In January 2022, Sam Bankman-Fried was riding high. His Bahamas-based FTX had just raised $400 million from prominent venture capitalists at a $32 billion valuation. A few weeks later, when Forbes published its annual World’s Billionaires list, SBF, as he’s known, was crypto’s second-wealthiest person, worth $24 billion.
Now, Bankman-Fried is likely broke, and awaiting trial. Before he was arrested in the Bahamas, SBF told several media outlets his bank account was down to $100,000, and that he was “not sure” how he’ll pay his lawyers. Gary Wang, FTX’s other cofounder and the company’s former chief technology officer–who entered a plea deal with the Securities and Exchange Commission–has also seen his fortune, once estimated at $5.9 billion, wiped.
FTX’s demise was a fitting end to a year of wealth destruction in the cryptocurrency and blockchain sector. The post-pandemic economic shock, which triggered inflation and rising interest rates, sucked capital out of the speculative crypto ecosystem. Prominent firms imploded, from the $40 billion collapse in May of algorithmic stablecoin TerraUSD, to the crypto hedge fund Three Arrows (which declared for bankruptcy in July), to the bankruptcies of interest-bearing lending businesses Voyager Digital, Celsius and BlockFi. Bitcoin, the largest cryptocurrency and an industry bellwether, is down 65% from its $69,000 peak in November 2021. Meanwhile some $2 trillion of market value has fled digital assets for safer pastures.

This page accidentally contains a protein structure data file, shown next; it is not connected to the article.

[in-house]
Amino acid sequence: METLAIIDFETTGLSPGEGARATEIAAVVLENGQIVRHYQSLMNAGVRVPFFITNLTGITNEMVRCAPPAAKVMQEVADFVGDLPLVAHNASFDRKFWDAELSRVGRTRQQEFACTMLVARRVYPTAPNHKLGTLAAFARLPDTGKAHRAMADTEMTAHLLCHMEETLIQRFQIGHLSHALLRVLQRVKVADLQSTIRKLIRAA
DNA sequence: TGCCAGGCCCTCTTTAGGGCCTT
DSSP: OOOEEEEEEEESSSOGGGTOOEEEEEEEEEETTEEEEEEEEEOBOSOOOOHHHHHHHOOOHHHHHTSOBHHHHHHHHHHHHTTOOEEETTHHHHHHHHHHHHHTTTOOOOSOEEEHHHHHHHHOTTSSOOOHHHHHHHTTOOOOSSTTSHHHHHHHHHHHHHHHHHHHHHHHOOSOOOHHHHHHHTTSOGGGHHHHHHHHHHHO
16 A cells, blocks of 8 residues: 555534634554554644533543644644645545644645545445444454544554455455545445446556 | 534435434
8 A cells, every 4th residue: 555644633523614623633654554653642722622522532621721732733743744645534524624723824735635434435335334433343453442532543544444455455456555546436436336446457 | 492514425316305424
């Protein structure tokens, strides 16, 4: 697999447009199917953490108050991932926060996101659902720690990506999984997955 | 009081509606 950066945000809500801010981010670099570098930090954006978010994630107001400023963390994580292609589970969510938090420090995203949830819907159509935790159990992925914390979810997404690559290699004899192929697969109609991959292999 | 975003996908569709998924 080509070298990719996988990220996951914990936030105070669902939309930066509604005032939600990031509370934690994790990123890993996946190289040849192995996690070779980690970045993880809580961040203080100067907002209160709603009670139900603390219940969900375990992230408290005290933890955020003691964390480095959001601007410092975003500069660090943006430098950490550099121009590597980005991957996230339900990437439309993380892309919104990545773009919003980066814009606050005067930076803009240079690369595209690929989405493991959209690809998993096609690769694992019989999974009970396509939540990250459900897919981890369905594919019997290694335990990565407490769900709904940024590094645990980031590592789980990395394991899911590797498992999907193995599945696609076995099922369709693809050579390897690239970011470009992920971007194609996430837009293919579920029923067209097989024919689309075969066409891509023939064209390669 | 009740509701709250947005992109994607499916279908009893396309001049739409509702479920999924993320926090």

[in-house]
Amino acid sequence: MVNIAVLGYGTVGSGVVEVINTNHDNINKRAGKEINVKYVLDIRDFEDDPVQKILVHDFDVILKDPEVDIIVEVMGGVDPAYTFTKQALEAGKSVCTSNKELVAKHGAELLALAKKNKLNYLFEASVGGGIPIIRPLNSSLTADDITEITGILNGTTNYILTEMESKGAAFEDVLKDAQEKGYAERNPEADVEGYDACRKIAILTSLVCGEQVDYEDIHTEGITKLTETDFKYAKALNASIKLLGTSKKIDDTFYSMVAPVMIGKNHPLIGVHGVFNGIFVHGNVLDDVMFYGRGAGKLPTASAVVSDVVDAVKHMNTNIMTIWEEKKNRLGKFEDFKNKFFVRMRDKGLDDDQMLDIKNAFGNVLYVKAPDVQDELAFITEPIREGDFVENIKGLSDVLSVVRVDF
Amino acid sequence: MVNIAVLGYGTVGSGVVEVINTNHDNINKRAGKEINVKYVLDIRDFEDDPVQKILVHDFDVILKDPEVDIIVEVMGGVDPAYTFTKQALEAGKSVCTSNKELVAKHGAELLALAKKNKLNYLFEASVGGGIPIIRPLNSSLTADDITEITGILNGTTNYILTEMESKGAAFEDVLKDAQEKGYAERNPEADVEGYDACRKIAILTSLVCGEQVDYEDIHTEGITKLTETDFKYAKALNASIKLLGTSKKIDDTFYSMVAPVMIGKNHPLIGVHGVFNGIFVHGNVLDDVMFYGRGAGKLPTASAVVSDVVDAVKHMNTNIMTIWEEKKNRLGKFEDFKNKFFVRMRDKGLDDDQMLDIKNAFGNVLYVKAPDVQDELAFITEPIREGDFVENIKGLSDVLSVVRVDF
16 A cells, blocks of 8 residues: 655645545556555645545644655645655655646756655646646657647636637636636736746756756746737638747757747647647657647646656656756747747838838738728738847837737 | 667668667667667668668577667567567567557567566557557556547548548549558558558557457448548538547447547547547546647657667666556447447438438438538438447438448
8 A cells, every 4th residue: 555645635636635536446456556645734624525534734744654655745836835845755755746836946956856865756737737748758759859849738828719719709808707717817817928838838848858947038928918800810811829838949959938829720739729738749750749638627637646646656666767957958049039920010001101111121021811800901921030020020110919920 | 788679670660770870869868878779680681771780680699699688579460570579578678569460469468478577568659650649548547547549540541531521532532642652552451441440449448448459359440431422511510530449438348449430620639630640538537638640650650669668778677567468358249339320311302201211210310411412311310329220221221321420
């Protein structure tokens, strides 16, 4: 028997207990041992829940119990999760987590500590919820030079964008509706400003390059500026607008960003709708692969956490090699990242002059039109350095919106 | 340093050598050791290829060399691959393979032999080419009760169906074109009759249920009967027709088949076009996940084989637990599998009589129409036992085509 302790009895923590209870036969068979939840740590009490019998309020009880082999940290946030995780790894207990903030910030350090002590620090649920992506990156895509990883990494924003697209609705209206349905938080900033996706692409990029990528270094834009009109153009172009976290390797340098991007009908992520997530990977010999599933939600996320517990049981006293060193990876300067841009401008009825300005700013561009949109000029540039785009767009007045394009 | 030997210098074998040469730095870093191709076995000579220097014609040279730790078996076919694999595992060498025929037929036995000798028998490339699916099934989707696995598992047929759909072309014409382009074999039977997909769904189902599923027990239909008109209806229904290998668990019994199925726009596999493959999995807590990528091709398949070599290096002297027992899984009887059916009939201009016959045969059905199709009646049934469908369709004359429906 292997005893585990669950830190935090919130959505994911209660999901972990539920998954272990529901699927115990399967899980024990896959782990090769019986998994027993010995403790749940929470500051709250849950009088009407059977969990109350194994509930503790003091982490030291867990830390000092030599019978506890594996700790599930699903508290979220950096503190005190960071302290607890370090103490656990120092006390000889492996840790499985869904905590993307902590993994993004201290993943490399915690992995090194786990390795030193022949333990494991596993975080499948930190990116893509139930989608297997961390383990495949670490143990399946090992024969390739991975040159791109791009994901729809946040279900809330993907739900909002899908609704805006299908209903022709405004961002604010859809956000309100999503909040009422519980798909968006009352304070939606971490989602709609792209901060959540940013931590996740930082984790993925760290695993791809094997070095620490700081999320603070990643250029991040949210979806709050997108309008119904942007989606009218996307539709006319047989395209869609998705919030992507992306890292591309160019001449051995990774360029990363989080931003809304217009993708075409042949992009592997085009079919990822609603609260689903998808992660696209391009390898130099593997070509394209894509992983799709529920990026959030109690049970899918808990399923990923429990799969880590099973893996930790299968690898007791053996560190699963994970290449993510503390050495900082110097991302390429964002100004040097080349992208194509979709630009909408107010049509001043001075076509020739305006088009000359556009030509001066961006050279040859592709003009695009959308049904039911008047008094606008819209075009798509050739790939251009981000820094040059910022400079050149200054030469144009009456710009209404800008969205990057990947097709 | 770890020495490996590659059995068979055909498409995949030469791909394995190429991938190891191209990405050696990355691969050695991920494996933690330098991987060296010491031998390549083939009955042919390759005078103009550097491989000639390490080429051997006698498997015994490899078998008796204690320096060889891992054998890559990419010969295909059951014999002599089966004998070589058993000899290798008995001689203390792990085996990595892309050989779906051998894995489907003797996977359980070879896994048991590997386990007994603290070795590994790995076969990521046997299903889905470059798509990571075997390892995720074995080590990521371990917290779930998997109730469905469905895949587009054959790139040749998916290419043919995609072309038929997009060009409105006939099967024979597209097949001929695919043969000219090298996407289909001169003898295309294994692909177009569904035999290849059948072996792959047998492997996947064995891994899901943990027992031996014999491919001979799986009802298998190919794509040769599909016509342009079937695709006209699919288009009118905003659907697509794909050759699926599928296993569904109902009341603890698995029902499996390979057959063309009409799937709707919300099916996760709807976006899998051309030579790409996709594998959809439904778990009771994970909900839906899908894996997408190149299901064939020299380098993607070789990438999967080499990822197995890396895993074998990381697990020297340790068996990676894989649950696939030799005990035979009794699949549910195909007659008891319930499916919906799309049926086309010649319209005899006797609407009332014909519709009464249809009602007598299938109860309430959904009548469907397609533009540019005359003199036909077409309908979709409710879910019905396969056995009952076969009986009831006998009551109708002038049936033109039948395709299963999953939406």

As a result, 17 of crypto’s wealthiest investors and founders have collectively lost an estimated $116 billion in personal wealth since March, according to Forbes’ estimates. Fifteen of them have lost more than half their fortune over the past nine months. Ten have lost their billionaire status altogether.
“We’re now at the breaking point in crypto where everyone will have to take a pause and say, ‘Okay, we’ve seen a ton of economic wealth destroyed in the last couple of months, we need to start taking this seriously,’” says Matt Cohen, founder of Ripple Ventures, a venture capital firm. “A lot of blockchain technologies and crypto companies built solutions for problems that didn’t need fixing, and I think we’re now going to have a hard reset.”